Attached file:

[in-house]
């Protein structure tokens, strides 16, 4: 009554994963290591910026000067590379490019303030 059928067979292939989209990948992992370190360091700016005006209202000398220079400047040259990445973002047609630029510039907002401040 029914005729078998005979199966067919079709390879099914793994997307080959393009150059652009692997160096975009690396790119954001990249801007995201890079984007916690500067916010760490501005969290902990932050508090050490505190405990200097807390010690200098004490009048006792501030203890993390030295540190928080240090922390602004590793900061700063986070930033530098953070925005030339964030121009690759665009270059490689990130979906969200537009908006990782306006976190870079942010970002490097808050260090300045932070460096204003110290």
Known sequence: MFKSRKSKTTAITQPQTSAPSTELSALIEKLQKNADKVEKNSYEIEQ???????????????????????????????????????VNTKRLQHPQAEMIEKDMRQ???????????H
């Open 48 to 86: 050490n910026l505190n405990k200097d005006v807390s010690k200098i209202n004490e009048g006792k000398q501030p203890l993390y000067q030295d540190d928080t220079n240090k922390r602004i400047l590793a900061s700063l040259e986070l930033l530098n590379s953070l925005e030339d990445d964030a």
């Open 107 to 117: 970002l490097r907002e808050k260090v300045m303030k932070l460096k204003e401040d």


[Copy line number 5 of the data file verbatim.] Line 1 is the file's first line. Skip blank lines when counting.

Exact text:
């Open 107 to 117: 970002l490097r907002e808050k260090v300045m303030k932070l460096k204003e401040d």